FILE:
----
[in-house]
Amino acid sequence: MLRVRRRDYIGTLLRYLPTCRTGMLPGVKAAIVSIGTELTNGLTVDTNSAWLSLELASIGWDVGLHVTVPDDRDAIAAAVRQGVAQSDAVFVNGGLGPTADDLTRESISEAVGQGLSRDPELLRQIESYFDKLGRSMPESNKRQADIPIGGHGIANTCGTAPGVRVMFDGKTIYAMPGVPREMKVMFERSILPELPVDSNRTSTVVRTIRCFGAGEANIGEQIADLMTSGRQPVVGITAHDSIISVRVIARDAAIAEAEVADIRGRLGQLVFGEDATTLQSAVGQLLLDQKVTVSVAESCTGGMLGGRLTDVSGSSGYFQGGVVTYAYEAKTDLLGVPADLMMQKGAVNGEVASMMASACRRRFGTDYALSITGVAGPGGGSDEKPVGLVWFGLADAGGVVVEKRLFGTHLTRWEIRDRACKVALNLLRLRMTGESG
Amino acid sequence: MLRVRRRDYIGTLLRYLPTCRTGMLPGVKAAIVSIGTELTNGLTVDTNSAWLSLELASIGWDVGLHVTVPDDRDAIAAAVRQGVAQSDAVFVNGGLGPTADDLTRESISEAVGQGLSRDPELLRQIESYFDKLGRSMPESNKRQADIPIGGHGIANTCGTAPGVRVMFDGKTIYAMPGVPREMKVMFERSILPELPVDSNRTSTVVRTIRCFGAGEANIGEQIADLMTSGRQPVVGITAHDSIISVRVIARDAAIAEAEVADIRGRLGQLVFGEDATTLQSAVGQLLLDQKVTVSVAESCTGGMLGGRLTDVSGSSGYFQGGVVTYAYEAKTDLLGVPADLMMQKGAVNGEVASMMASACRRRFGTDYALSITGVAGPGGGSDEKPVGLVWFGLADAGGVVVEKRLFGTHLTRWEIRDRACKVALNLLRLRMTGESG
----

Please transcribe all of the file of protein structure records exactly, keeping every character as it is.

[in-house]
Amino acid sequence: MLRVRRRDYIGTLLRYLPTCRTGMLPGVKAAIVSIGTELTNGLTVDTNSAWLSLELASIGWDVGLHVTVPDDRDAIAAAVRQGVAQSDAVFVNGGLGPTADDLTRESISEAVGQGLSRDPELLRQIESYFDKLGRSMPESNKRQADIPIGGHGIANTCGTAPGVRVMFDGKTIYAMPGVPREMKVMFERSILPELPVDSNRTSTVVRTIRCFGAGEANIGEQIADLMTSGRQPVVGITAHDSIISVRVIARDAAIAEAEVADIRGRLGQLVFGEDATTLQSAVGQLLLDQKVTVSVAESCTGGMLGGRLTDVSGSSGYFQGGVVTYAYEAKTDLLGVPADLMMQKGAVNGEVASMMASACRRRFGTDYALSITGVAGPGGGSDEKPVGLVWFGLADAGGVVVEKRLFGTHLTRWEIRDRACKVALNLLRLRMTGESG
Amino acid sequence: MLRVRRRDYIGTLLRYLPTCRTGMLPGVKAAIVSIGTELTNGLTVDTNSAWLSLELASIGWDVGLHVTVPDDRDAIAAAVRQGVAQSDAVFVNGGLGPTADDLTRESISEAVGQGLSRDPELLRQIESYFDKLGRSMPESNKRQADIPIGGHGIANTCGTAPGVRVMFDGKTIYAMPGVPREMKVMFERSILPELPVDSNRTSTVVRTIRCFGAGEANIGEQIADLMTSGRQPVVGITAHDSIISVRVIARDAAIAEAEVADIRGRLGQLVFGEDATTLQSAVGQLLLDQKVTVSVAESCTGGMLGGRLTDVSGSSGYFQGGVVTYAYEAKTDLLGVPADLMMQKGAVNGEVASMMASACRRRFGTDYALSITGVAGPGGGSDEKPVGLVWFGLADAGGVVVEKRLFGTHLTRWEIRDRACKVALNLLRLRMTGESG